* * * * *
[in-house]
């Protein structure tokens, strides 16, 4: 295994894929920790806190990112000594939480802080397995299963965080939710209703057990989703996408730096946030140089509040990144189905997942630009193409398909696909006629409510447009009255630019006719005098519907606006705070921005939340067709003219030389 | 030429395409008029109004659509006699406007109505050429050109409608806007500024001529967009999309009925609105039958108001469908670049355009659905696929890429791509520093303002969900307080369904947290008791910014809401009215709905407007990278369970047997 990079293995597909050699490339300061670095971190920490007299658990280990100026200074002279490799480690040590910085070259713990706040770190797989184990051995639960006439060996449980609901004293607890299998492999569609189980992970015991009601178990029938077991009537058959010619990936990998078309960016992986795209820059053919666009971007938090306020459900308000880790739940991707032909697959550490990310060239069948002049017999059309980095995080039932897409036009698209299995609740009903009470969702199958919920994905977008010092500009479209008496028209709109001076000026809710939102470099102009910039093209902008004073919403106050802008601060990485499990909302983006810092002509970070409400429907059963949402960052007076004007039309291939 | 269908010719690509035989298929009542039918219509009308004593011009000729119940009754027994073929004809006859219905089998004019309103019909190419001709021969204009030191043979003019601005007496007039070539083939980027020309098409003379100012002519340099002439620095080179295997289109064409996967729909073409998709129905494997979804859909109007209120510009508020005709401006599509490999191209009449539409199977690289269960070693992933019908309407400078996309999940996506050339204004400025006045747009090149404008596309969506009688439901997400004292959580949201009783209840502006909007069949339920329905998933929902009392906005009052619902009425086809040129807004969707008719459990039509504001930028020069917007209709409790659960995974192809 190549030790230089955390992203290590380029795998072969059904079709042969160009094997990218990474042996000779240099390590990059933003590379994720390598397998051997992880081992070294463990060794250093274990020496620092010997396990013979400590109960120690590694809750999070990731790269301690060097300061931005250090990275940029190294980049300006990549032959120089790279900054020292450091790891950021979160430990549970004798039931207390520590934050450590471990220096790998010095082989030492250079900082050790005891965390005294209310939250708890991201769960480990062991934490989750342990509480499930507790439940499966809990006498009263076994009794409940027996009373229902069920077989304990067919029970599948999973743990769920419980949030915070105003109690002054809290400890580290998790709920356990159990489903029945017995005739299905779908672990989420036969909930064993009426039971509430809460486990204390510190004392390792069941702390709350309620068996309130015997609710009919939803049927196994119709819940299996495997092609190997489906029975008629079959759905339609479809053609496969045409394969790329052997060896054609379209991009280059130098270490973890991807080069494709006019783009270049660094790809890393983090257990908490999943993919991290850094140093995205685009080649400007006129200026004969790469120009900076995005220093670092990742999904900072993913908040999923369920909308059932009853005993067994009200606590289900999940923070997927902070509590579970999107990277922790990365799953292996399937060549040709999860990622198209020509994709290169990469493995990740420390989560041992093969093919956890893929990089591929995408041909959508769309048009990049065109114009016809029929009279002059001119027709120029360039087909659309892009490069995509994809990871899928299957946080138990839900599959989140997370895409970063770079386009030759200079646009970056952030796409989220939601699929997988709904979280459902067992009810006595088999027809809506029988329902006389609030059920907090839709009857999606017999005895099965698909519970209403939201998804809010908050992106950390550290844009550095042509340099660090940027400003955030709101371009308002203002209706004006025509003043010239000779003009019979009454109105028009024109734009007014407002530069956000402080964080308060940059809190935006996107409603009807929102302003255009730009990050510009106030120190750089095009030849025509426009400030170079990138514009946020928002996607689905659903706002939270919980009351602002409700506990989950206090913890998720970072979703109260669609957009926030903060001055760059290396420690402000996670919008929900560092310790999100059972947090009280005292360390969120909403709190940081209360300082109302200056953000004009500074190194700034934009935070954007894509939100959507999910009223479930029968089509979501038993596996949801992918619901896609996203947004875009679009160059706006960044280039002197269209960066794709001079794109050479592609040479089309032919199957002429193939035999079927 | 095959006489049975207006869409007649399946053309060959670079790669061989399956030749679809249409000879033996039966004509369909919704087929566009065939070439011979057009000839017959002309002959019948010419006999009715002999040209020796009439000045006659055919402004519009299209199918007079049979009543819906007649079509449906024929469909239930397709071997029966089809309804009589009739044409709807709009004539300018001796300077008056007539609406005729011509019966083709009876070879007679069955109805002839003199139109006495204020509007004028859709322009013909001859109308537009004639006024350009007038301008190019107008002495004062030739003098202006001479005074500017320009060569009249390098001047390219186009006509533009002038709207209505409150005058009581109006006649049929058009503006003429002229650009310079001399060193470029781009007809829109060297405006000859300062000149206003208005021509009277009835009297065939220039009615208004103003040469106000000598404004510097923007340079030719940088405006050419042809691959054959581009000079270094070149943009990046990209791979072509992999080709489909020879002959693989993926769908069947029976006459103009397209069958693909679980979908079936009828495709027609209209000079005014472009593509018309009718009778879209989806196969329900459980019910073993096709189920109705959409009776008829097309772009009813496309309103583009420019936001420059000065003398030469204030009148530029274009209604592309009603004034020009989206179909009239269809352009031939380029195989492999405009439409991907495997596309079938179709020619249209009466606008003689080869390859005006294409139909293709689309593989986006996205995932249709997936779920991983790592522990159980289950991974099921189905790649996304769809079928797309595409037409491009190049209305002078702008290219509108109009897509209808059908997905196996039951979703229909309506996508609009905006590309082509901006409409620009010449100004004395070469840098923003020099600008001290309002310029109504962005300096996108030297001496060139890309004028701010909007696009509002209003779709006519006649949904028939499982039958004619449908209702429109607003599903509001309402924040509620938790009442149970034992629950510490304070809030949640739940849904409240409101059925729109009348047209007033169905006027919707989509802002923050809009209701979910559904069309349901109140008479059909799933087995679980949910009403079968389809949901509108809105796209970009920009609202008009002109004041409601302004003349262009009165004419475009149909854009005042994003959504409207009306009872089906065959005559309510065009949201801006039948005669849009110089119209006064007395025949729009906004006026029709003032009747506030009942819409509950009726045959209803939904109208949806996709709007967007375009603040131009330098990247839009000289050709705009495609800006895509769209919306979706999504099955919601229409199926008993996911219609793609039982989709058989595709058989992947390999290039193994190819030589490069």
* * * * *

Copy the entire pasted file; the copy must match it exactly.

[in-house]
């Protein structure tokens, strides 16, 4: 295994894929920790806190990112000594939480802080397995299963965080939710209703057990989703996408730096946030140089509040990144189905997942630009193409398909696909006629409510447009009255630019006719005098519907606006705070921005939340067709003219030389 | 030429395409008029109004659509006699406007109505050429050109409608806007500024001529967009999309009925609105039958108001469908670049355009659905696929890429791509520093303002969900307080369904947290008791910014809401009215709905407007990278369970047997 990079293995597909050699490339300061670095971190920490007299658990280990100026200074002279490799480690040590910085070259713990706040770190797989184990051995639960006439060996449980609901004293607890299998492999569609189980992970015991009601178990029938077991009537058959010619990936990998078309960016992986795209820059053919666009971007938090306020459900308000880790739940991707032909697959550490990310060239069948002049017999059309980095995080039932897409036009698209299995609740009903009470969702199958919920994905977008010092500009479209008496028209709109001076000026809710939102470099102009910039093209902008004073919403106050802008601060990485499990909302983006810092002509970070409400429907059963949402960052007076004007039309291939 | 269908010719690509035989298929009542039918219509009308004593011009000729119940009754027994073929004809006859219905089998004019309103019909190419001709021969204009030191043979003019601005007496007039070539083939980027020309098409003379100012002519340099002439620095080179295997289109064409996967729909073409998709129905494997979804859909109007209120510009508020005709401006599509490999191209009449539409199977690289269960070693992933019908309407400078996309999940996506050339204004400025006045747009090149404008596309969506009688439901997400004292959580949201009783209840502006909007069949339920329905998933929902009392906005009052619902009425086809040129807004969707008719459990039509504001930028020069917007209709409790659960995974192809 190549030790230089955390992203290590380029795998072969059904079709042969160009094997990218990474042996000779240099390590990059933003590379994720390598397998051997992880081992070294463990060794250093274990020496620092010997396990013979400590109960120690590694809750999070990731790269301690060097300061931005250090990275940029190294980049300006990549032959120089790279900054020292450091790891950021979160430990549970004798039931207390520590934050450590471990220096790998010095082989030492250079900082050790005891965390005294209310939250708890991201769960480990062991934490989750342990509480499930507790439940499966809990006498009263076994009794409940027996009373229902069920077989304990067919029970599948999973743990769920419980949030915070105003109690002054809290400890580290998790709920356990159990489903029945017995005739299905779908672990989420036969909930064993009426039971509430809460486990204390510190004392390792069941702390709350309620068996309130015997609710009919939803049927196994119709819940299996495997092609190997489906029975008629079959759905339609479809053609496969045409394969790329052997060896054609379209991009280059130098270490973890991807080069494709006019783009270049660094790809890393983090257990908490999943993919991290850094140093995205685009080649400007006129200026004969790469120009900076995005220093670092990742999904900072993913908040999923369920909308059932009853005993067994009200606590289900999940923070997927902070509590579970999107990277922790990365799953292996399937060549040709999860990622198209020509994709290169990469493995990740420390989560041992093969093919956890893929990089591929995408041909959508769309048009990049065109114009016809029929009279002059001119027709120029360039087909659309892009490069995509994809990871899928299957946080138990839900599959989140997370895409970063770079386009030759200079646009970056952030796409989220939601699929997988709904979280459902067992009810006595088999027809809506029988329902006389609030059920907090839709009857999606017999005895099965698909519970209403939201998804809010908050992106950390550290844009550095042509340099660090940027400003955030709101371009308002203002209706004006025509003043010239000779003009019979009454109105028009024109734009007014407002530069956000402080964080308060940059809190935006996107409603009807929102302003255009730009990050510009106030120190750089095009030849025509426009400030170079990138514009946020928002996607689905659903706002939270919980009351602002409700506990989950206090913890998720970072979703109260669609957009926030903060001055760059290396420690402000996670919008929900560092310790999100059972947090009280005292360390969120909403709190940081209360300082109302200056953000004009500074190194700034934009935070954007894509939100959507999910009223479930029968089509979501038993596996949801992918619901896609996203947004875009679009160059706006960044280039002197269209960066794709001079794109050479592609040479089309032919199957002429193939035999079927 | 095959006489049975207006869409007649399946053309060959670079790669061989399956030749679809249409000879033996039966004509369909919704087929566009065939070439011979057009000839017959002309002959019948010419006999009715002999040209020796009439000045006659055919402004519009299209199918007079049979009543819906007649079509449906024929469909239930397709071997029966089809309804009589009739044409709807709009004539300018001796300077008056007539609406005729011509019966083709009876070879007679069955109805002839003199139109006495204020509007004028859709322009013909001859109308537009004639006024350009007038301008190019107008002495004062030739003098202006001479005074500017320009060569009249390098001047390219186009006509533009002038709207209505409150005058009581109006006649049929058009503006003429002229650009310079001399060193470029781009007809829109060297405006000859300062000149206003208005021509009277009835009297065939220039009615208004103003040469106000000598404004510097923007340079030719940088405006050419042809691959054959581009000079270094070149943009990046990209791979072509992999080709489909020879002959693989993926769908069947029976006459103009397209069958693909679980979908079936009828495709027609209209000079005014472009593509018309009718009778879209989806196969329900459980019910073993096709189920109705959409009776008829097309772009009813496309309103583009420019936001420059000065003398030469204030009148530029274009209604592309009603004034020009989206179909009239269809352009031939380029195989492999405009439409991907495997596309079938179709020619249209009466606008003689080869390859005006294409139909293709689309593989986006996205995932249709997936779920991983790592522990159980289950991974099921189905790649996304769809079928797309595409037409491009190049209305002078702008290219509108109009897509209808059908997905196996039951979703229909309506996508609009905006590309082509901006409409620009010449100004004395070469840098923003020099600008001290309002310029109504962005300096996108030297001496060139890309004028701010909007696009509002209003779709006519006649949904028939499982039958004619449908209702429109607003599903509001309402924040509620938790009442149970034992629950510490304070809030949640739940849904409240409101059925729109009348047209007033169905006027919707989509802002923050809009209701979910559904069309349901109140008479059909799933087995679980949910009403079968389809949901509108809105796209970009920009609202008009002109004041409601302004003349262009009165004419475009149909854009005042994003959504409207009306009872089906065959005559309510065009949201801006039948005669849009110089119209006064007395025949729009906004006026029709003032009747506030009942819409509950009726045959209803939904109208949806996709709007967007375009603040131009330098990247839009000289050709705009495609800006895509769209919306979706999504099955919601229409199926008993996911219609793609039982989709058989595709058989992947390999290039193994190819030589490069």